It is a typical day at Healthy San Francisco's offices. As of noon, staff answered 127 phone calls, mostly from potential enrollees.
"That's actually one of the reasons why I moved to San Francisco, is because of this program," San Francisco resident Jessie Ristau said.
Ristau is a recent 23-year-old college grad who's studying for her admissions exam for medical school.
Ironically, even this future doctor can't even get health insurance, so she's enrolling with the city program.
"There are a lot of people who are in a period of transition right now, who just finished college and especially with the economy, it's really difficult to find a job," she said.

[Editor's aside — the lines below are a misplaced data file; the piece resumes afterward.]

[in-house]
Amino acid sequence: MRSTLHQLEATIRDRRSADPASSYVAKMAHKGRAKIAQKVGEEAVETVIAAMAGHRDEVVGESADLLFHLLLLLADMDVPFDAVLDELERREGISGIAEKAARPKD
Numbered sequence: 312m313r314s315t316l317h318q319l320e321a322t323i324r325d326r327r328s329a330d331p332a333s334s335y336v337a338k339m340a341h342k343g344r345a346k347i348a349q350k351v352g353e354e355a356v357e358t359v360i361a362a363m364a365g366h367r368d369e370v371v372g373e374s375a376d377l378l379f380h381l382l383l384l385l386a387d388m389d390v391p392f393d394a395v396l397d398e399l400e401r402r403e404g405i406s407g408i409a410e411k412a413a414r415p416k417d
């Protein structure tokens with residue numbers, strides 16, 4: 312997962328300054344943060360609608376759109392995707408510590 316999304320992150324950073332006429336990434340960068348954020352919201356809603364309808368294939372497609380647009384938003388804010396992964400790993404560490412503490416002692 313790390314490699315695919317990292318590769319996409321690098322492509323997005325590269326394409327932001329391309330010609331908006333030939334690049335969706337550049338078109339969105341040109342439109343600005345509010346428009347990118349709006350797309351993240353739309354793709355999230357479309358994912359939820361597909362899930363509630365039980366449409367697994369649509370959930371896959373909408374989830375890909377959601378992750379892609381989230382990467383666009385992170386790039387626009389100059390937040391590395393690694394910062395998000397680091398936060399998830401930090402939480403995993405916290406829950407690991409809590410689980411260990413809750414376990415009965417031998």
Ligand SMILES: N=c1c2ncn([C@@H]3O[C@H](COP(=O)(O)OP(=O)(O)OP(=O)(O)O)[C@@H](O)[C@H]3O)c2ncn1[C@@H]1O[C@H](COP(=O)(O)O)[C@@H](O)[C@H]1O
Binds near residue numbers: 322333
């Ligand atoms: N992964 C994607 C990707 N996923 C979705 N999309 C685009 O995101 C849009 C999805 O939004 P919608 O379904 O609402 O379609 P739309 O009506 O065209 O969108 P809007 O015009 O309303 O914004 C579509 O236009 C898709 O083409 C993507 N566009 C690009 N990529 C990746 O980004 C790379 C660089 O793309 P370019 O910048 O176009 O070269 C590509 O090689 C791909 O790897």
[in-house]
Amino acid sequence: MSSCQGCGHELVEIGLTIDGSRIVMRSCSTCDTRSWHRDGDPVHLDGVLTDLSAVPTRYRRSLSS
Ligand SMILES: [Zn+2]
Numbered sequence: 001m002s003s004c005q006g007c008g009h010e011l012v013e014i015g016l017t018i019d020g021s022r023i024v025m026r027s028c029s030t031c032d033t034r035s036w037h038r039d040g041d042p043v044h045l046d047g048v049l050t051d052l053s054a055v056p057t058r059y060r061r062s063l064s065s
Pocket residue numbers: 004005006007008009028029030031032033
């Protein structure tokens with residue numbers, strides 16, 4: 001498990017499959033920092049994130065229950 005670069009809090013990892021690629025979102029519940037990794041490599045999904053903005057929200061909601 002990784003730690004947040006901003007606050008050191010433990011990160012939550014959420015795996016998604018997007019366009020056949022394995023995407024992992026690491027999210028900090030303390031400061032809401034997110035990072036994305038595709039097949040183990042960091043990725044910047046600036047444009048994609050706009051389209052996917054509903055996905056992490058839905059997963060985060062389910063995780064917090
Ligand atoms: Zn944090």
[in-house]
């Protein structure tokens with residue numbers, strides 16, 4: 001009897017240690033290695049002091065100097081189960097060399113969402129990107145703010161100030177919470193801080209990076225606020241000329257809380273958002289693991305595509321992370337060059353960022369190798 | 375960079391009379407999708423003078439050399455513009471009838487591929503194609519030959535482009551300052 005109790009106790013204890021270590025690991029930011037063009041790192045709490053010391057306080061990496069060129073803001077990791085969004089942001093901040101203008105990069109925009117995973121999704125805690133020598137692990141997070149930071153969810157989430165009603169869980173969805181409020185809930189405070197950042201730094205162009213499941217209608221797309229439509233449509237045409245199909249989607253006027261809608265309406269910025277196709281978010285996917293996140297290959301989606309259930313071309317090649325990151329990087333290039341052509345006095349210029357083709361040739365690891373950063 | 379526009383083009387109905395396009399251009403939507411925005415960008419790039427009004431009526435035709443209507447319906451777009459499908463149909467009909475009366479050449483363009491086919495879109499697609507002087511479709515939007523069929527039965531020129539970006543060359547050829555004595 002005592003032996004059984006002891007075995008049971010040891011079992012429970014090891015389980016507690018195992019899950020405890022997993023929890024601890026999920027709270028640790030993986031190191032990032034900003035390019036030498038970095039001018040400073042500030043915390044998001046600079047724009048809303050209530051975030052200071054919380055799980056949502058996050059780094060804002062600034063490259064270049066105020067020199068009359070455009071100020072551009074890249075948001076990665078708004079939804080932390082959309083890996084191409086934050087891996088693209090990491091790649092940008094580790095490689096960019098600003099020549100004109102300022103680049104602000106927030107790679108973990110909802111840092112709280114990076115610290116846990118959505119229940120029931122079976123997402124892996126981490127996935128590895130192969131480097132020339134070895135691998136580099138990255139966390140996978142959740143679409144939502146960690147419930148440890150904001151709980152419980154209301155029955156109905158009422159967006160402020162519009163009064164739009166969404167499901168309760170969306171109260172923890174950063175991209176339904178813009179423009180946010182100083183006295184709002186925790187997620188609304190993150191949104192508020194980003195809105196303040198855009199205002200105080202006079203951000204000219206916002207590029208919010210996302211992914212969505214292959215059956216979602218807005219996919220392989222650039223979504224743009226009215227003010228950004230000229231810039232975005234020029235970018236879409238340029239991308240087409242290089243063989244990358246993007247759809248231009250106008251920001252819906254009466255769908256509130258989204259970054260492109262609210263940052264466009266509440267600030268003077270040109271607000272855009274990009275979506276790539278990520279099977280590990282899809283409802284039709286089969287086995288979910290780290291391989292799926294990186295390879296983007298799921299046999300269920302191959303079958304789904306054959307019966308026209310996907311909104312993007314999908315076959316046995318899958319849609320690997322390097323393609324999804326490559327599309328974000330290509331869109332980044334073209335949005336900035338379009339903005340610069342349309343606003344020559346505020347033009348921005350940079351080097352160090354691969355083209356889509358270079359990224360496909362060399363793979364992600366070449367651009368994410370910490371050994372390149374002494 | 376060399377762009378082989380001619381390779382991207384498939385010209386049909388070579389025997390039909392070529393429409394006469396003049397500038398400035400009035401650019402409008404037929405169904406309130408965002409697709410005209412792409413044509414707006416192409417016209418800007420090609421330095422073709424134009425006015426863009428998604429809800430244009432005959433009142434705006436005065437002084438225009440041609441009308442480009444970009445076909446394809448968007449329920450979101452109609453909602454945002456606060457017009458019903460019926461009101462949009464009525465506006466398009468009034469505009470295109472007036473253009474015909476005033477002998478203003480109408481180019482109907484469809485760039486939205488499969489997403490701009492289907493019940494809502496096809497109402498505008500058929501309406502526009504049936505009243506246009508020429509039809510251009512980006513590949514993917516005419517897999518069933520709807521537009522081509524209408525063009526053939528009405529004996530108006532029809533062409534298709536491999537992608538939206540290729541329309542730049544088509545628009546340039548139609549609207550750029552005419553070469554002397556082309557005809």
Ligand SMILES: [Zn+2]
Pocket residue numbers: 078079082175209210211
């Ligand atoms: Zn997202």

About two-thirds of Healthy San Francisco's enrollees are at or below the federal poverty line. Many of them will now qualify for Medicaid under the new national health plan.
But there are still those who can't get Medicaid, and those who don't qualify for any insurance.
"Our program will continue to be available for those individuals who are undocumented," Healthy San Francisco Director Tangerine Brigham said.
But enrollees like Allen Myers will probably be gone.
"Once I stopped going to school and turned that age, I was off my parent's health plan," he said.
Mayor Gavin Newsom says the national plan will now cover many of these young people.
"Those that are otherwise being termed out from their parents are now having an extension to 26 on their family plans," he said.
Brigham puts all this in perspective.
"We'll be serving fewer people because they have insurance, and that's a good thing," she said.
Newsom has assigned the city health director to head a group that will analyze what the new federal plan means to the city.
Administrators of Healthy San Francisco say their priority will be to get their members insured under the national plan.